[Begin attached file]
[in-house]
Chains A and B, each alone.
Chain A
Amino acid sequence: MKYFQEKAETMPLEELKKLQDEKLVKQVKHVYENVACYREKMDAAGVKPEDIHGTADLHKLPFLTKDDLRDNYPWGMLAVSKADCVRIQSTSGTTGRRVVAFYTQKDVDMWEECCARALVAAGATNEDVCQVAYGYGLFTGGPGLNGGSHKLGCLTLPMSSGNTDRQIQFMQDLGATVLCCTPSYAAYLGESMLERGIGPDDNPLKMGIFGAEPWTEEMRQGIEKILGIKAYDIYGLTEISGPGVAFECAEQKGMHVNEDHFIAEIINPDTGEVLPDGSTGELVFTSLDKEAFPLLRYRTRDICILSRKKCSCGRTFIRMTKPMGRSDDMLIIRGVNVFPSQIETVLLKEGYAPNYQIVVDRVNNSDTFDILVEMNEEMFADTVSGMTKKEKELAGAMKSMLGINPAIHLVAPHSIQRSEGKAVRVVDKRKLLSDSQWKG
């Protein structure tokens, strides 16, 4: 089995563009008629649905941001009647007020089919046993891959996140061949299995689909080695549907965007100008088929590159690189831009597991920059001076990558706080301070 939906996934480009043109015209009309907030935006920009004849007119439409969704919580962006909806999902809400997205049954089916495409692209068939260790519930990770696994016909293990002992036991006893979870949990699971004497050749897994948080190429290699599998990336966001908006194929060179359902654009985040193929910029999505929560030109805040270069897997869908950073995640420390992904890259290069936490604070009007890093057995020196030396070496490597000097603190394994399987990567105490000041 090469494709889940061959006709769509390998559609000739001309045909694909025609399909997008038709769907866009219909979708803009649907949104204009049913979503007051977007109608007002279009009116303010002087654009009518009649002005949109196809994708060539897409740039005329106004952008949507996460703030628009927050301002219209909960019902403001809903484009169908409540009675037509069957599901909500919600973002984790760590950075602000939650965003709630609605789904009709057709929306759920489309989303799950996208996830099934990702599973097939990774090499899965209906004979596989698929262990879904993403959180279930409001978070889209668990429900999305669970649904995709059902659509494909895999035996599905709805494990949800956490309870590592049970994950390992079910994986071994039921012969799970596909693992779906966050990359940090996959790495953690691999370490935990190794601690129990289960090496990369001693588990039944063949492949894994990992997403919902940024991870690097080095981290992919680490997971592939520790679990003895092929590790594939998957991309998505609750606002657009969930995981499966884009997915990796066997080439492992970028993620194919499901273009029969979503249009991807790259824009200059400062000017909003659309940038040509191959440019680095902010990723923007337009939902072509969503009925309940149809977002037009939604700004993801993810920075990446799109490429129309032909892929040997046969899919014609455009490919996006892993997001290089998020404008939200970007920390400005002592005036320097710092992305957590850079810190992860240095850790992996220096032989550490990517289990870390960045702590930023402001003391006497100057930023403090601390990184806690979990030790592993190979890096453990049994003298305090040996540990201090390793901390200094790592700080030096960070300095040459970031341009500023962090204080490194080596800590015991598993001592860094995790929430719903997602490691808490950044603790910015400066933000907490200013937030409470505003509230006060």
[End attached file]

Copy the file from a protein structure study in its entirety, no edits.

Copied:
[in-house]
Chains A and B, each alone.
Chain A
Amino acid sequence: MKYFQEKAETMPLEELKKLQDEKLVKQVKHVYENVACYREKMDAAGVKPEDIHGTADLHKLPFLTKDDLRDNYPWGMLAVSKADCVRIQSTSGTTGRRVVAFYTQKDVDMWEECCARALVAAGATNEDVCQVAYGYGLFTGGPGLNGGSHKLGCLTLPMSSGNTDRQIQFMQDLGATVLCCTPSYAAYLGESMLERGIGPDDNPLKMGIFGAEPWTEEMRQGIEKILGIKAYDIYGLTEISGPGVAFECAEQKGMHVNEDHFIAEIINPDTGEVLPDGSTGELVFTSLDKEAFPLLRYRTRDICILSRKKCSCGRTFIRMTKPMGRSDDMLIIRGVNVFPSQIETVLLKEGYAPNYQIVVDRVNNSDTFDILVEMNEEMFADTVSGMTKKEKELAGAMKSMLGINPAIHLVAPHSIQRSEGKAVRVVDKRKLLSDSQWKG
């Protein structure tokens, strides 16, 4: 089995563009008629649905941001009647007020089919046993891959996140061949299995689909080695549907965007100008088929590159690189831009597991920059001076990558706080301070 939906996934480009043109015209009309907030935006920009004849007119439409969704919580962006909806999902809400997205049954089916495409692209068939260790519930990770696994016909293990002992036991006893979870949990699971004497050749897994948080190429290699599998990336966001908006194929060179359902654009985040193929910029999505929560030109805040270069897997869908950073995640420390992904890259290069936490604070009007890093057995020196030396070496490597000097603190394994399987990567105490000041 090469494709889940061959006709769509390998559609000739001309045909694909025609399909997008038709769907866009219909979708803009649907949104204009049913979503007051977007109608007002279009009116303010002087654009009518009649002005949109196809994708060539897409740039005329106004952008949507996460703030628009927050301002219209909960019902403001809903484009169908409540009675037509069957599901909500919600973002984790760590950075602000939650965003709630609605789904009709057709929306759920489309989303799950996208996830099934990702599973097939990774090499899965209906004979596989698929262990879904993403959180279930409001978070889209668990429900999305669970649904995709059902659509494909895999035996599905709805494990949800956490309870590592049970994950390992079910994986071994039921012969799970596909693992779906966050990359940090996959790495953690691999370490935990190794601690129990289960090496990369001693588990039944063949492949894994990992997403919902940024991870690097080095981290992919680490997971592939520790679990003895092929590790594939998957991309998505609750606002657009969930995981499966884009997915990796066997080439492992970028993620194919499901273009029969979503249009991807790259824009200059400062000017909003659309940038040509191959440019680095902010990723923007337009939902072509969503009925309940149809977002037009939604700004993801993810920075990446799109490429129309032909892929040997046969899919014609455009490919996006892993997001290089998020404008939200970007920390400005002592005036320097710092992305957590850079810190992860240095850790992996220096032989550490990517289990870390960045702590930023402001003391006497100057930023403090601390990184806690979990030790592993190979890096453990049994003298305090040996540990201090390793901390200094790592700080030096960070300095040459970031341009500023962090204080490194080596800590015991598993001592860094995790929430719903997602490691808490950044603790910015400066933000907490200013937030409470505003509230006060």